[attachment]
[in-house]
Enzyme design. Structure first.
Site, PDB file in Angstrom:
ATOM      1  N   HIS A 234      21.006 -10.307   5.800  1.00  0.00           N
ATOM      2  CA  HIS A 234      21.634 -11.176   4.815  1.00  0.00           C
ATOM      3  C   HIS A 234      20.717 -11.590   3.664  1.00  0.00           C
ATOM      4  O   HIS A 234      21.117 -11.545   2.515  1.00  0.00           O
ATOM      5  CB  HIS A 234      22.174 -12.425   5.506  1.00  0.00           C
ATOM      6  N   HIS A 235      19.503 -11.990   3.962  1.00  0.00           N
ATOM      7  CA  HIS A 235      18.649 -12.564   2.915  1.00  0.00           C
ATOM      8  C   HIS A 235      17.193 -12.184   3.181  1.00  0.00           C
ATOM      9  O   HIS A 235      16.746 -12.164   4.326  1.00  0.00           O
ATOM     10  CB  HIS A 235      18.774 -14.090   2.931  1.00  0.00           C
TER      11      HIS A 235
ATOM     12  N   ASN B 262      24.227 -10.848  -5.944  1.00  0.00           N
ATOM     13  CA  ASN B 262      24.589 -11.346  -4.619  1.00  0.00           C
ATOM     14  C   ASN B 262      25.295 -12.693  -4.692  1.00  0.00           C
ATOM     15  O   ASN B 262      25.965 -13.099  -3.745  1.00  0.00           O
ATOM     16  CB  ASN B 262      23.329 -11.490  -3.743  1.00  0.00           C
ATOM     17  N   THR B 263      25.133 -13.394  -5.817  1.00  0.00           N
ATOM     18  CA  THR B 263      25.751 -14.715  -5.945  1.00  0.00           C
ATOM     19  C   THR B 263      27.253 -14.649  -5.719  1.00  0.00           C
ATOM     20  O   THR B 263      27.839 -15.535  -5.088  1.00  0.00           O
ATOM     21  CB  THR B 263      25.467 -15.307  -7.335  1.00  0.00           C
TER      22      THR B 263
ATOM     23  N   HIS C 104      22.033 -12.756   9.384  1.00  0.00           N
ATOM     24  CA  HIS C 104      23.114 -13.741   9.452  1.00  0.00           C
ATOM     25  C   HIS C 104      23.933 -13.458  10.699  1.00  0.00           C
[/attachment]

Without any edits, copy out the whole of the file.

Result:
[in-house]
Enzyme design. Structure first.
Site, PDB file in Angstrom:
ATOM      1  N   HIS A 234      21.006 -10.307   5.800  1.00  0.00           N
ATOM      2  CA  HIS A 234      21.634 -11.176   4.815  1.00  0.00           C
ATOM      3  C   HIS A 234      20.717 -11.590   3.664  1.00  0.00           C
ATOM      4  O   HIS A 234      21.117 -11.545   2.515  1.00  0.00           O
ATOM      5  CB  HIS A 234      22.174 -12.425   5.506  1.00  0.00           C
ATOM      6  N   HIS A 235      19.503 -11.990   3.962  1.00  0.00           N
ATOM      7  CA  HIS A 235      18.649 -12.564   2.915  1.00  0.00           C
ATOM      8  C   HIS A 235      17.193 -12.184   3.181  1.00  0.00           C
ATOM      9  O   HIS A 235      16.746 -12.164   4.326  1.00  0.00           O
ATOM     10  CB  HIS A 235      18.774 -14.090   2.931  1.00  0.00           C
TER      11      HIS A 235
ATOM     12  N   ASN B 262      24.227 -10.848  -5.944  1.00  0.00           N
ATOM     13  CA  ASN B 262      24.589 -11.346  -4.619  1.00  0.00           C
ATOM     14  C   ASN B 262      25.295 -12.693  -4.692  1.00  0.00           C
ATOM     15  O   ASN B 262      25.965 -13.099  -3.745  1.00  0.00           O
ATOM     16  CB  ASN B 262      23.329 -11.490  -3.743  1.00  0.00           C
ATOM     17  N   THR B 263      25.133 -13.394  -5.817  1.00  0.00           N
ATOM     18  CA  THR B 263      25.751 -14.715  -5.945  1.00  0.00           C
ATOM     19  C   THR B 263      27.253 -14.649  -5.719  1.00  0.00           C
ATOM     20  O   THR B 263      27.839 -15.535  -5.088  1.00  0.00           O
ATOM     21  CB  THR B 263      25.467 -15.307  -7.335  1.00  0.00           C
TER      22      THR B 263
ATOM     23  N   HIS C 104      22.033 -12.756   9.384  1.00  0.00           N
ATOM     24  CA  HIS C 104      23.114 -13.741   9.452  1.00  0.00           C
ATOM     25  C   HIS C 104      23.933 -13.458  10.699  1.00  0.00           C